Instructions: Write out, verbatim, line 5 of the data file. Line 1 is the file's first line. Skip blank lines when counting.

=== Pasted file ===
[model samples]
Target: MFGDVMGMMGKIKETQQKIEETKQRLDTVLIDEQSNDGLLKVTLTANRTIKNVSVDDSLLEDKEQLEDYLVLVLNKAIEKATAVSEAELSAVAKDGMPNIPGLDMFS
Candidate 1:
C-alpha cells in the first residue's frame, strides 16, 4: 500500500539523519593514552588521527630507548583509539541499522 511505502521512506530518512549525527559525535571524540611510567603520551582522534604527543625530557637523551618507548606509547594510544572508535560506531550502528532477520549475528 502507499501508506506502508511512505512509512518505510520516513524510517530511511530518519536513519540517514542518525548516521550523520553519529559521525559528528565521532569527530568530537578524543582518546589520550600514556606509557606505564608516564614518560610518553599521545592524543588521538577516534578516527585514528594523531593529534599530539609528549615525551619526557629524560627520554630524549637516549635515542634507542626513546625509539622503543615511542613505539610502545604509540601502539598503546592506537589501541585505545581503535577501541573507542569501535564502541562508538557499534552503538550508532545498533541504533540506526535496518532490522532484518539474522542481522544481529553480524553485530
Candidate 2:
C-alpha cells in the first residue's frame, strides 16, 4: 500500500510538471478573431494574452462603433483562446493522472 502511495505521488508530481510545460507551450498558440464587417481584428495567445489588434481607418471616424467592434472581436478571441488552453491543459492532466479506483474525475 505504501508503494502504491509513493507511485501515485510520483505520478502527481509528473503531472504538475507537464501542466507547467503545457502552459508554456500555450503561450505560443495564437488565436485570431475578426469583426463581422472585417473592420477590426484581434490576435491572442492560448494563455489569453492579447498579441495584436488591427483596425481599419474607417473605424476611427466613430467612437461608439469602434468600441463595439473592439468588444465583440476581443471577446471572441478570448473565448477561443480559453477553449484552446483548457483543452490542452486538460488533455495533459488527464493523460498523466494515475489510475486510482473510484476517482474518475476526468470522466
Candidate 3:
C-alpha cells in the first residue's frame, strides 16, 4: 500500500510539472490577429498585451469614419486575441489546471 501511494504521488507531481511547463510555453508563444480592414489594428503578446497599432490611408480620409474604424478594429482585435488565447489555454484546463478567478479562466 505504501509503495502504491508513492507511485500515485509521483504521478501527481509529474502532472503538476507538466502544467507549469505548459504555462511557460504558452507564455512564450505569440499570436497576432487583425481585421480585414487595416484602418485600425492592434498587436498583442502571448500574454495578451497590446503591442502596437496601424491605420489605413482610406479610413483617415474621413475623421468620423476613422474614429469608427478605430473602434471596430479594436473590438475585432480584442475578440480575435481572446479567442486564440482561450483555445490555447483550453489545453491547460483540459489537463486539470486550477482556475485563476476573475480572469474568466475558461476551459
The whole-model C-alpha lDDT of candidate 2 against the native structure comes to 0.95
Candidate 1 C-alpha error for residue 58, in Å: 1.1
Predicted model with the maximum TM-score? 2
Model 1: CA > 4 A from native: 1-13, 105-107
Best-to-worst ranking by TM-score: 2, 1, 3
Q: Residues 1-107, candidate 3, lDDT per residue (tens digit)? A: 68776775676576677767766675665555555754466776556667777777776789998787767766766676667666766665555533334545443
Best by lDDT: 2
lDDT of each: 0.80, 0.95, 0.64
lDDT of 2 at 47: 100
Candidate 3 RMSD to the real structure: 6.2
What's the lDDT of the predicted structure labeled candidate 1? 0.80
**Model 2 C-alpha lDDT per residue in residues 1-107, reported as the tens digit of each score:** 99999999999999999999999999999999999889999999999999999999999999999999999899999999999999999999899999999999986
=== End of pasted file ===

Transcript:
Candidate 2: